SpaceX launches Hispasat’s Amazonas Nexus satellite

by Sawyer Rosenstein

SpaceX has launched the Amazonas Nexus satellite for Hispasat on a Falcon 9 rocket from SLC-40 at the Cape Canaveral Space Force Station. Liftoff occurred at 8:32 PM EST on Monday, Feb. 6 (01:32 UTC on Tuesday, Feb. 7) under extremely favorable weather conditions.

Amazonas Nexus will provide communications for all of the Americas — including Greenland as well as maritime shipping corridors — and marks the first time an Amazonas satellite was launched on a Falcon 9, with previous missions flying on either Ariane 5 or Proton-M. 

The 4,500 kg satellite was launched into a geostationary transfer orbit (GTO) and will now maneuver itself into a geostationary orbit (GEO) at the 61 degrees West GEO slot.

The Amazonas Nexus spacecraft is owned and operated by the Spanish communications company Hispasat. Formed in 1989, the company has already launched 13 satellites and currently transmits over 1,250 television channels and radio stations to more than 30 million customers.

Amazonas Nexus will join the overall fleet as a high throughput satellite, which means it utilizes the Ku and Ka bands simultaneously. As a result, it can handle more data compared to other spacecraft operating in the same spectrum.

Another significant development is its Digital Transparent Processor, which allows Hispasat to make operational changes on orbit and adapt to the needs of different markets and customers based on what data is needed.

Amazonas Nexus joins five other Amazonas satellites in orbit and is designed to replace Amazonas 2, which launched aboard an Ariane 5 in 2009. All Amazonas satellites are located at either 36 degrees West or 61 degrees West.

Specifically, Amazonas Nexus will provide coverage for all of North and South America, the North and South Atlantic Ocean corridors, and Greenland. The main target is to connect companies in remote areas, on the water, and in the air.

Artist rendering of the Amazonas Nexus satellite in orbit. (Credit: Hispasat)

The satellite was built by Thales Alenia Space, a joint venture between Thales and Leonardo in Europe. The company had previously built two satellites for Hispasat, including Hispasat 1C and 1D.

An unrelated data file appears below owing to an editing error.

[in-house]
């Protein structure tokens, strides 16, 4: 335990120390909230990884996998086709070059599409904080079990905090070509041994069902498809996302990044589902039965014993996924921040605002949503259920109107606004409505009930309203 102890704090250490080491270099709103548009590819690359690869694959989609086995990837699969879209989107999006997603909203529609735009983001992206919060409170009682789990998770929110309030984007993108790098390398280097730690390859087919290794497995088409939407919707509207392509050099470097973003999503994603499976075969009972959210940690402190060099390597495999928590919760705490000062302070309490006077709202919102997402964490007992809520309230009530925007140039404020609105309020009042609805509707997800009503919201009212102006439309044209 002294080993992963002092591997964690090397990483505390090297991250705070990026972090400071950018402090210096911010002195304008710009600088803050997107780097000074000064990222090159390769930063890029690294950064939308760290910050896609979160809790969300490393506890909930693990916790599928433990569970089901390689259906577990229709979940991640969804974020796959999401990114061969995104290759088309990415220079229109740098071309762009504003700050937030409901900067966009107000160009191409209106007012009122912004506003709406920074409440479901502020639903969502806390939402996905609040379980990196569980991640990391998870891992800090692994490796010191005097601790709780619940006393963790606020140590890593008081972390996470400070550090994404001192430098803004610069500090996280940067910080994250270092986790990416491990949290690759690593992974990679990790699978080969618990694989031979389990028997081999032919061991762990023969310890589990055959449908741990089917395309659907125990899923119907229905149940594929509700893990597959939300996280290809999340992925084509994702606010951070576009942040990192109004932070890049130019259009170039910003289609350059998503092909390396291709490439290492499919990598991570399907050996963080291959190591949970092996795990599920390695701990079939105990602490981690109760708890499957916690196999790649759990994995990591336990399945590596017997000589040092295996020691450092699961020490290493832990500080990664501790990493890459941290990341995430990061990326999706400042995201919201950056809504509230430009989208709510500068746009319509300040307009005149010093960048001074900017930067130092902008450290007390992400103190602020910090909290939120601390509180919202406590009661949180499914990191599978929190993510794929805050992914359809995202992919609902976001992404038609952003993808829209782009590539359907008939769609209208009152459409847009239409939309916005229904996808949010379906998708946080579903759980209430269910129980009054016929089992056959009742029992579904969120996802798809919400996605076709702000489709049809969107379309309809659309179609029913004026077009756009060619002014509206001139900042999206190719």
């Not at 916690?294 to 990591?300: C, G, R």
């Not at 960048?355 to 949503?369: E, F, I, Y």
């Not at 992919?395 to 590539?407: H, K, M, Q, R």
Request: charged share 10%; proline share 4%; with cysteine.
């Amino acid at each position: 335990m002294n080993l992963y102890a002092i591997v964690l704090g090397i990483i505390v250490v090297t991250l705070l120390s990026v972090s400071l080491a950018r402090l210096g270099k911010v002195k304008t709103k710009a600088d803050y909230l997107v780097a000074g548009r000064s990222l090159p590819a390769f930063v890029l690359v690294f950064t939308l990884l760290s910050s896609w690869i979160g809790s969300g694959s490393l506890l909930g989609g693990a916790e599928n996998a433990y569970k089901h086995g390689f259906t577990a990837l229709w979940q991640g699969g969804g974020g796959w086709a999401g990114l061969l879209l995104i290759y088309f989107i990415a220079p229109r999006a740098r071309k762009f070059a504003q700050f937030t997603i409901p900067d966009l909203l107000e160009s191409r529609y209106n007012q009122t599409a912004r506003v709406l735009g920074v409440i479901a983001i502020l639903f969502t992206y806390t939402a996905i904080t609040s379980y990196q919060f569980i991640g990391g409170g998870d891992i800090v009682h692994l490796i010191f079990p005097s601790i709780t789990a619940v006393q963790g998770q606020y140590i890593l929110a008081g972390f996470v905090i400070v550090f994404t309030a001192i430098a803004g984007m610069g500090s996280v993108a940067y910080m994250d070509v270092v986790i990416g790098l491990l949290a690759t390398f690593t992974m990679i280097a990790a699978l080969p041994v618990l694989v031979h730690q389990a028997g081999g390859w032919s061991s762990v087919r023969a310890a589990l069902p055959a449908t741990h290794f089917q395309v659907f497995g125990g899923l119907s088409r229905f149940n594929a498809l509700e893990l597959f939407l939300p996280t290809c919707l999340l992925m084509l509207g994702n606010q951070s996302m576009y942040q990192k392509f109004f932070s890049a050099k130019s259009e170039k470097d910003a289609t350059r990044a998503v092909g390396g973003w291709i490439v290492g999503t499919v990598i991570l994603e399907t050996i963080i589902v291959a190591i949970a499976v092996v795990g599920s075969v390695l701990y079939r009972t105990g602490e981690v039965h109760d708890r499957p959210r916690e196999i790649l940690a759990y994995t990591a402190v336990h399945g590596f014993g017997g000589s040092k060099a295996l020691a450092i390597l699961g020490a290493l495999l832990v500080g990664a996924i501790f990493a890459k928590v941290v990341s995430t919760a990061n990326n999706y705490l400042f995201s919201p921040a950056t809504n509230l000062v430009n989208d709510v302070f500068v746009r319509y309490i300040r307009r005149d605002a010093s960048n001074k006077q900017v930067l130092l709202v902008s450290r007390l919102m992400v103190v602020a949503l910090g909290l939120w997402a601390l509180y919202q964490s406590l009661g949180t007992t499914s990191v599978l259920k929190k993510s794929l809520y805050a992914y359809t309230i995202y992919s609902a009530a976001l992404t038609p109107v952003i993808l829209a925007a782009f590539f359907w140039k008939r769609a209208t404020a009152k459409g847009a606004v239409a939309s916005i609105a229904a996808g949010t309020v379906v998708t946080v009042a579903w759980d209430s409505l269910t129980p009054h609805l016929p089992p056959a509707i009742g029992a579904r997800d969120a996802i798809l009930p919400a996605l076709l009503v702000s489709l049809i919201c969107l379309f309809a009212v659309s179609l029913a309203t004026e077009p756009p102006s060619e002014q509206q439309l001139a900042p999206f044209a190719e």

Amazonas Nexus was built on a Spacebus NEO platform that uses electric propulsion, provides 20 kW of spacecraft power via two deployable solar arrays, and has an expected lifespan of 15 years. 

While integrated by Thales Alenia Space, Spacebus NEO was developed under a European Space Agency (ESA) Partnership Project managed jointly by ESA and the French Space Agency CNES.

Ahead of the launch, the US Space Force’s Space Systems Command disclosed that a hosted payload, named Pathfinder 2, would launch on board Amazonas Nexus.

Teams in front of the Amazonas Nexus satellite at the construction facility in France. (Credit: Hispasat)

The booster for Amazonas Nexus was B1073-6, which previously launched SES-22, three Starlink missions, and HAKUTO-R M1. The latter mission landed at Landing Zone 2 at CCSFS on Dec. 11, giving this booster less than two months between flights.

The first stage landed on the drone ship Just Read the Instructions, which recently underwent maintenance at Port Canaveral, 620 km east of the launch site. The SpaceX support ship Bob was also downrange to recover the protective payload fairings, which were jettisoned during the flight and parachuted back to the Atlantic Ocean. Bob was already out at sea retrieving fairings for the Starlink 5-3 mission and could potentially return to Port Canaveral with four fairing halves instead of just two.

The mission followed a traditional Falcon 9 countdown. At T-35 minutes before liftoff, equipment at the launch pad began to load both stages of Falcon 9 with RP-1 fuel, a type of refined kerosene. At the same time, liquid oxygen (LOX), the oxidizer for the Falcon fleet of rockets, began loading into the first stage.

At T-1 minute, Falcon 9 entered “startup,” meaning the onboard computers have full control of the countdown as the propellant tanks are pressurized for flight. At T-3 seconds, the command was given to ignite the nine Merlin 1D engines at the base of the first stage, leading to liftoff at T0.

A little over a minute into the flight, Falcon 9 experienced the maximum dynamic pressure on the vehicle, known as Max-Q.

Almost two and a half minutes into the mission, a series of events happened in quick succession. The first stage engines experienced main engine cutoff (MECO), followed four seconds later by separation of the first and second stages. About seven seconds after that, the second stage engine started.

Three and a half minutes into the flight, the fairing halves separated and began their journey back towards the Atlantic Ocean for recovery so they can be used again on an upcoming flight.

The first stage then performed two burns, with the second gently landing the vehicle on top of Just Read the Instructions in the Atlantic Ocean nearly eight and a half minutes after taking off.

Meanwhile, the Merlin Vacuum engine experienced second stage engine cutoff, or SECO-1, a little more than eight minutes and 10 seconds into the mission.

The second stage lit its engine once more at T+26 minutes 41 seconds for a burn lasting just over a minute that raised the orbit’s apogee to the desired altitude for the mission.

Thrity-five minutes after launch, Hispasat’s Amazonas Nexus was deploy into GTO.

This launch marked SpaceX’s eighth Falcon 9 launch this year, and the ninth overall launch of 2023 when including Falcon Heavy.

(Lead image: Falcon 9 lofts Amazonas Nexus into a geostationary transfer orbit on Feb. 6, 2023. Credit: Stephen Marr for NSF)

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